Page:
Funding Opportunities

Conduct Archeological (Geophysical) Survey of 1868 Treaty Encampment Area at Fort Laramie National Historic Site, Fort Laramie, Wyoming

Background and Overview:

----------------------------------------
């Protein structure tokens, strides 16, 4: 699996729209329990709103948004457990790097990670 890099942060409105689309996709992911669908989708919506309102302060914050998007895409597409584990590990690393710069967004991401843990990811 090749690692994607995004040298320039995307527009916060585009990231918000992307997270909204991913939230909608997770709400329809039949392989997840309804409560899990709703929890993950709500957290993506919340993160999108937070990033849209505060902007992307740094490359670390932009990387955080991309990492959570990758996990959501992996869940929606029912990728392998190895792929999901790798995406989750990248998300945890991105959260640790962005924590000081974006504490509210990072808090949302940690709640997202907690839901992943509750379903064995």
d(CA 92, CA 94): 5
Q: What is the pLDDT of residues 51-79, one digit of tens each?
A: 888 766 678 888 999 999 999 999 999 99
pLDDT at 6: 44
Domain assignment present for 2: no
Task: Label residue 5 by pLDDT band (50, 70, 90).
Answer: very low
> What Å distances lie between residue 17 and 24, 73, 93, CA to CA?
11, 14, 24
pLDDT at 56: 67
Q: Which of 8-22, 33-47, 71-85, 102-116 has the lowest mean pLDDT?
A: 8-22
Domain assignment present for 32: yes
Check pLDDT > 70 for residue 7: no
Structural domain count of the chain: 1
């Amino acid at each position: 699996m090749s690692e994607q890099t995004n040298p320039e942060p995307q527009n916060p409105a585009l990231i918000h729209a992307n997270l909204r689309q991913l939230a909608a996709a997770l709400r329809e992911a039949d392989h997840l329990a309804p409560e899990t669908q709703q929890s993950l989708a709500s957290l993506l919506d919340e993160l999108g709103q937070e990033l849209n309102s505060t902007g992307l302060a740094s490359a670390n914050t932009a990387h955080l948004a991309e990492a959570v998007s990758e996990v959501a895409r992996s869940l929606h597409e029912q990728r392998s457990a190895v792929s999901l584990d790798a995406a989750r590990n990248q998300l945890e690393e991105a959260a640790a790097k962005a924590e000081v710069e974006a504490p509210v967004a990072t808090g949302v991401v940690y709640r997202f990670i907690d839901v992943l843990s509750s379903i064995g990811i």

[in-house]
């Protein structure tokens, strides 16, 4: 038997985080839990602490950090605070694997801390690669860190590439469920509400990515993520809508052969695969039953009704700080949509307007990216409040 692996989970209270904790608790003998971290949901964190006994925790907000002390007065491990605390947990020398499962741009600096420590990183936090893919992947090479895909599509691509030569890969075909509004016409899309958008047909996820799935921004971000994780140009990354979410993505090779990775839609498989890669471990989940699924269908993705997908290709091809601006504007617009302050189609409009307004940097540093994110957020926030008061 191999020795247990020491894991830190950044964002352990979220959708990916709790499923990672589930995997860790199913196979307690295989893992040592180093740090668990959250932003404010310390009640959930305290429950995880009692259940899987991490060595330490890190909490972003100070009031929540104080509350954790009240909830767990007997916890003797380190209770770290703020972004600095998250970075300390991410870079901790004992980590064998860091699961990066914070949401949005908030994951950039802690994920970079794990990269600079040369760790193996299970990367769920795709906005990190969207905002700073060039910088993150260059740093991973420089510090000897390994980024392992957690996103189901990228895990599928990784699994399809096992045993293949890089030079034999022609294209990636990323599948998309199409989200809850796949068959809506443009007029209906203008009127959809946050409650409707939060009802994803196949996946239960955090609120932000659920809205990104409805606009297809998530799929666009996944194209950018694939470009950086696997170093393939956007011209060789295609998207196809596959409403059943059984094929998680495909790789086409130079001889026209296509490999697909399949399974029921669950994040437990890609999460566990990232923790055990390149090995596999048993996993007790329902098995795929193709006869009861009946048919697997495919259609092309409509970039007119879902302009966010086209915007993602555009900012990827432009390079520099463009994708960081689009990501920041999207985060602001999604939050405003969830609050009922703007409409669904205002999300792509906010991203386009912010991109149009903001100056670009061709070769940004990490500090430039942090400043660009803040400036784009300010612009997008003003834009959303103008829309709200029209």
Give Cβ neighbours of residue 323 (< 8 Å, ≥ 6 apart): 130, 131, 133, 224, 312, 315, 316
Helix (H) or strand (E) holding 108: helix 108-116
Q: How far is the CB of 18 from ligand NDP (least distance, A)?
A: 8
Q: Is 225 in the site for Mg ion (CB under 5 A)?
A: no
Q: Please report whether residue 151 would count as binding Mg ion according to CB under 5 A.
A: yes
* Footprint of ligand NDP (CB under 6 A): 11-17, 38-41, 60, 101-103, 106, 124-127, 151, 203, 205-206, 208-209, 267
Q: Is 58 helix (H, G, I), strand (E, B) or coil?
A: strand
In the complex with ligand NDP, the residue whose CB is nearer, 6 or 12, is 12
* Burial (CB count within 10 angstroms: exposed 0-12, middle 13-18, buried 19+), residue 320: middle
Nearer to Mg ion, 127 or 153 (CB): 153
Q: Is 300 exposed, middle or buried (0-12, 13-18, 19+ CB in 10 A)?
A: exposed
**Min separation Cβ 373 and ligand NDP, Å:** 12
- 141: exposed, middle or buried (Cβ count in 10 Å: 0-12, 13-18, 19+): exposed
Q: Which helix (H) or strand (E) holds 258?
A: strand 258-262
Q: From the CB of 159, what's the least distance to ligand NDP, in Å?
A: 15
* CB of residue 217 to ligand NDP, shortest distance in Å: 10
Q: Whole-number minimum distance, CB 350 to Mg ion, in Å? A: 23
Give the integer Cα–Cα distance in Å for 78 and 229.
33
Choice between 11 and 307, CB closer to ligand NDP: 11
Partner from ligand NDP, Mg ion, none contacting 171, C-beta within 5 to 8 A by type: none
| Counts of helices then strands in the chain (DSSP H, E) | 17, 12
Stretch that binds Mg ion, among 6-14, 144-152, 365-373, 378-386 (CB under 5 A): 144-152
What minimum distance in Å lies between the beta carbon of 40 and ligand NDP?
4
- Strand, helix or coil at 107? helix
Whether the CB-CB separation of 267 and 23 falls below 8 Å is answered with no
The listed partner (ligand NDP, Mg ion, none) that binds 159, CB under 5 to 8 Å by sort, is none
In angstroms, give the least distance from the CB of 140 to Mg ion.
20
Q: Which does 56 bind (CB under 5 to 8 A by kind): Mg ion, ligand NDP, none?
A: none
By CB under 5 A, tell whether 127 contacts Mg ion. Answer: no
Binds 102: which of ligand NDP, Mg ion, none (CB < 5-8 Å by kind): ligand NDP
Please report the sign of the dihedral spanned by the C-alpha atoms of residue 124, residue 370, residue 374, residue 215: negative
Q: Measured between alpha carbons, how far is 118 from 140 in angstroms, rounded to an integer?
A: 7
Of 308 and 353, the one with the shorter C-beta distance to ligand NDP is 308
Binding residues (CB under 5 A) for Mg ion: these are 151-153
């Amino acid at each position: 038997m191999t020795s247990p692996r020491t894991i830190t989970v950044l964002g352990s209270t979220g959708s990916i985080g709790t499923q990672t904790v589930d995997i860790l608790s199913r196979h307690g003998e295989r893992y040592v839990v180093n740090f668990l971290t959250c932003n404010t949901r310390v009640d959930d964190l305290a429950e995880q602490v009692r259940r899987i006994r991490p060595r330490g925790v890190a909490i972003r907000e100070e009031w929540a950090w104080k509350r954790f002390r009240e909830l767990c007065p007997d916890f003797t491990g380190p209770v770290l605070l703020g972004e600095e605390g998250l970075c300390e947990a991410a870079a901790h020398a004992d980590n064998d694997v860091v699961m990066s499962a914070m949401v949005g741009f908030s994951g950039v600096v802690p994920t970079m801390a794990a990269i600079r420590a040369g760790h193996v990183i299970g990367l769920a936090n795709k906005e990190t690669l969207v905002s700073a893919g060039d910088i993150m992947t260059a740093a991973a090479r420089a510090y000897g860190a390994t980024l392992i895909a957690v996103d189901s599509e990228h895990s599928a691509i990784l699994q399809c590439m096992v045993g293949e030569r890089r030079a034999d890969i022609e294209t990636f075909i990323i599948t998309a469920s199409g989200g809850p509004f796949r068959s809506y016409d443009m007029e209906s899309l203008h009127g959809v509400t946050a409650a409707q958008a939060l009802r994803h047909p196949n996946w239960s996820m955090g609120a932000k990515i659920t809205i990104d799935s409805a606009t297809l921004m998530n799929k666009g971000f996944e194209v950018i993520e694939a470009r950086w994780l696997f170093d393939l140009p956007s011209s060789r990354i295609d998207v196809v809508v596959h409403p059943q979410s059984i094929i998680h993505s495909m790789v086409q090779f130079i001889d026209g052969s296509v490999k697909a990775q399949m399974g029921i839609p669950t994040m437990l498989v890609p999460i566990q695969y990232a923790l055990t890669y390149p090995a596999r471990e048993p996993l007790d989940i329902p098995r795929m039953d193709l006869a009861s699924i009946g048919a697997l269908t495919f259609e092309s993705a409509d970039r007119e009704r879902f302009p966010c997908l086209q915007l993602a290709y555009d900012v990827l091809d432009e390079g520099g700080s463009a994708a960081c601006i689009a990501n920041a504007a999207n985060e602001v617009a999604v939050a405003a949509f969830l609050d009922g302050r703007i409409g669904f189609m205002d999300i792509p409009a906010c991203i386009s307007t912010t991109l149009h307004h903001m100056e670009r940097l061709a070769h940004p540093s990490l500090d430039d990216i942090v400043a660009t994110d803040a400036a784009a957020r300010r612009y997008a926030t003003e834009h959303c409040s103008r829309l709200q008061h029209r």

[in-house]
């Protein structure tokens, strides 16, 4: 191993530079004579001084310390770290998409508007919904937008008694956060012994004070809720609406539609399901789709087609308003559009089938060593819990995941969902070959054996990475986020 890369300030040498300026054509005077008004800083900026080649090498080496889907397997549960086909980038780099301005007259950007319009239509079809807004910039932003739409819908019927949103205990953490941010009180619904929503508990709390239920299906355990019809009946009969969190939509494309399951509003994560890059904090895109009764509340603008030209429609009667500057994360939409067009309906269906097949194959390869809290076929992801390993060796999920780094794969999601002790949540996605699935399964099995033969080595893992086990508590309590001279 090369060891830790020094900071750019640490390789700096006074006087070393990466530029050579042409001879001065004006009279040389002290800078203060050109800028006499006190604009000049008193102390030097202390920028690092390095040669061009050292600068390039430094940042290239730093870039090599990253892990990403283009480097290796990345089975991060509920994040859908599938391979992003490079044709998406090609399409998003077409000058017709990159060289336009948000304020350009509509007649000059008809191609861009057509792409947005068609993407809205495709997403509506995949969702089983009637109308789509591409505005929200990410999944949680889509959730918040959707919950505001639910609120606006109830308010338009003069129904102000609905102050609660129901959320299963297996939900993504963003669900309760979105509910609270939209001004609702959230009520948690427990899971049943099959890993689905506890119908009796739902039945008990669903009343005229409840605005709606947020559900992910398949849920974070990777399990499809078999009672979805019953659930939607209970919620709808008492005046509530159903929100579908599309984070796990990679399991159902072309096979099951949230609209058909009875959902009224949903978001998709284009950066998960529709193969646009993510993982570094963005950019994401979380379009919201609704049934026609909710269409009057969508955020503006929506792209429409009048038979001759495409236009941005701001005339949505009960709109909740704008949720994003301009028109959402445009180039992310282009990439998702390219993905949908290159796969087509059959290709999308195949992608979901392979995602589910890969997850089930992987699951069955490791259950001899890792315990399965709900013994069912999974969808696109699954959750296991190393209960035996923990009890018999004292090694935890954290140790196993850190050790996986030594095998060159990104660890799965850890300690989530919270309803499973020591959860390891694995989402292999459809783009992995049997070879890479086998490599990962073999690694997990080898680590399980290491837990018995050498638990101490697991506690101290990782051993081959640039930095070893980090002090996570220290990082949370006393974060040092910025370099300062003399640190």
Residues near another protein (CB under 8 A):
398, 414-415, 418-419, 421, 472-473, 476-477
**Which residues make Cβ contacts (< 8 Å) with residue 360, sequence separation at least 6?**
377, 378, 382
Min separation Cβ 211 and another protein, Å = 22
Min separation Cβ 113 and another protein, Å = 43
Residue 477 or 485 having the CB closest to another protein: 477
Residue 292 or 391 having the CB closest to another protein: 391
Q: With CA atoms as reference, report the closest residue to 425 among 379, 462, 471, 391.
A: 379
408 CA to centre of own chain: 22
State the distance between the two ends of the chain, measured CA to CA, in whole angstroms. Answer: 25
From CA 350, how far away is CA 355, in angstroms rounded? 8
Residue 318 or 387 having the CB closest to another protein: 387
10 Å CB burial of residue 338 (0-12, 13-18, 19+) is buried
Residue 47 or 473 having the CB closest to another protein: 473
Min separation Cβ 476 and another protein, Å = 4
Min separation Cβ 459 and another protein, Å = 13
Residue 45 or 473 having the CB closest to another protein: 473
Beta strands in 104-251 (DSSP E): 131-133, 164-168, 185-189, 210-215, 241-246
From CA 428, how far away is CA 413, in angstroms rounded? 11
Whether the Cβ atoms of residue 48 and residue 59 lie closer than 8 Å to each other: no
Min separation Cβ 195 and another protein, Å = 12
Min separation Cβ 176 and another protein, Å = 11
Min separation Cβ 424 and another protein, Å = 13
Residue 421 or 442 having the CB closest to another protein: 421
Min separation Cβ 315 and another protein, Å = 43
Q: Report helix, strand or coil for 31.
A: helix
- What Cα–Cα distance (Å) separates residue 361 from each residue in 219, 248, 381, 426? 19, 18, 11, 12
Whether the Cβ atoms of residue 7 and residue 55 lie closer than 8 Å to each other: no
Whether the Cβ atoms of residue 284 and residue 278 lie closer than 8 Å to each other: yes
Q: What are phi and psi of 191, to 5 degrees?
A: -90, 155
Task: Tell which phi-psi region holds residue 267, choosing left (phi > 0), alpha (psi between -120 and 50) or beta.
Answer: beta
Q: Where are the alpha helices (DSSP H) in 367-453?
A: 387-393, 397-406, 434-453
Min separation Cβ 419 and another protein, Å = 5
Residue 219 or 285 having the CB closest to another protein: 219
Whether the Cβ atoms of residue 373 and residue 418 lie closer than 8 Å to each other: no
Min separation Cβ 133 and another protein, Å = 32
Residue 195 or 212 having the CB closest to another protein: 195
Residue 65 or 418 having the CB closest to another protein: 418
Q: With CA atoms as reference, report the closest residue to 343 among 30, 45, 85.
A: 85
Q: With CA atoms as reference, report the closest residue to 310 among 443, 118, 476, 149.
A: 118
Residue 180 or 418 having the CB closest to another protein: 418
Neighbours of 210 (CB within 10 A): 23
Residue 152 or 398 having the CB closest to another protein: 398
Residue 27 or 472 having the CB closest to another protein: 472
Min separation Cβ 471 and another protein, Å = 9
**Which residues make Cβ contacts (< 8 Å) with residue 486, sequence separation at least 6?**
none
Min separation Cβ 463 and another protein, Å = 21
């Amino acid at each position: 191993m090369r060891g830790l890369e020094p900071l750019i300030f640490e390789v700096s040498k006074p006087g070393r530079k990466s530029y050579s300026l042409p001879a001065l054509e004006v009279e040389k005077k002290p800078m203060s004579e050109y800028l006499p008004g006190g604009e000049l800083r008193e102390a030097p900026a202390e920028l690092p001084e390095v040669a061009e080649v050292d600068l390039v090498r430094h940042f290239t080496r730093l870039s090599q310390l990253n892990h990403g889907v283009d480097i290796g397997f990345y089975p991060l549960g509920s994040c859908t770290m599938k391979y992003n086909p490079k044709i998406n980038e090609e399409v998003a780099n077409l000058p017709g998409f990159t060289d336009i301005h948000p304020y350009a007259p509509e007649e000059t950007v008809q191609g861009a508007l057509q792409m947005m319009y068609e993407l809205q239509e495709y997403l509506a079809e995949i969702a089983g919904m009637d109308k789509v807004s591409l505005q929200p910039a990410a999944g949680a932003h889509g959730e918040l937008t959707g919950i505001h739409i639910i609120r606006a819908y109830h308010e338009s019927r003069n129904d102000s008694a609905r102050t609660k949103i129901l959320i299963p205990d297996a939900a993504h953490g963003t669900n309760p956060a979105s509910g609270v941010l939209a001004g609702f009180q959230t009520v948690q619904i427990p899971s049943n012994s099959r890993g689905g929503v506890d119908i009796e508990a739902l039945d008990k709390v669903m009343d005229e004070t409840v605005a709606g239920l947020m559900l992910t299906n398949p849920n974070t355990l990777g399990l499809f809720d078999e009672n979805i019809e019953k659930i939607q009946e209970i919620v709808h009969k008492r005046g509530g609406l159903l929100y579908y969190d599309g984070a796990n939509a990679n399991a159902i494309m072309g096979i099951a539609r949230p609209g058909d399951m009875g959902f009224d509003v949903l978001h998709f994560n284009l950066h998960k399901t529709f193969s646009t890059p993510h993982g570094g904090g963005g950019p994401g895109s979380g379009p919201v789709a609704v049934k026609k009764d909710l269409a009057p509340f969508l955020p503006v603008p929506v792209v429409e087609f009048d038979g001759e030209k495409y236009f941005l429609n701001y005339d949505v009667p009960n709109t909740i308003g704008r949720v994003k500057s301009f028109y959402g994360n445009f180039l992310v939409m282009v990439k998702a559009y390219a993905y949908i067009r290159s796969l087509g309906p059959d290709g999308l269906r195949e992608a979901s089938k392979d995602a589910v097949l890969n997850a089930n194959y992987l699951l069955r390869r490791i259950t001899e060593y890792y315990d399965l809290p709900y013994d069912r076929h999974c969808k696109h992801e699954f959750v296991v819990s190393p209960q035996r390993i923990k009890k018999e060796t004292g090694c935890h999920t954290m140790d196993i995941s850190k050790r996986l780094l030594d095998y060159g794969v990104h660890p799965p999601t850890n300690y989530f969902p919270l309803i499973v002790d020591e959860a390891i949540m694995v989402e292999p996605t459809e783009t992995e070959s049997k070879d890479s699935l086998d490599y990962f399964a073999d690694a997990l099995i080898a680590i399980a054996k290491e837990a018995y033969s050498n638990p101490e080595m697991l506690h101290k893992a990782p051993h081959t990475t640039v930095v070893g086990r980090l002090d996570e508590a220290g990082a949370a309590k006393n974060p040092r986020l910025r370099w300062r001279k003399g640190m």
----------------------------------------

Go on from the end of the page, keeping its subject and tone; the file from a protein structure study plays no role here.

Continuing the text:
FOLA served as a commercial and social hub of the Northern Plains for much of the 19th century. It was the location of one of the first fur trading posts in the central Rocky Mountains and was instrumental in the establishment of trade relationships with many of the Northern Plains tribes. Continuously operating between 1834 and 1890, FOLA influenced the exploration and settlement of the West. Here, the Laramie and North Platte River Valleys created a natural migration corridor that influenced the location of historic trails and contributes to the historic scene and sense of place. Among the most significant of the park’s cultural resources, its archeology illustrates a vast period of human history. Thousands of Euro-Americans and Native Americans camped on these grounds over the years. Nothing is known about the archeology associated with the tribes who signed the treaties of 1851 and 1866-68 and camped at the fort during the negotiations. Likewise, there have never been any archeological investigations on the various overland trail campgrounds known to have existed around Fort Laramie during the 1840s-1850s, nor, using modern techniques, the actual physical remains of the various trails and roads which passed through Fort Laramie.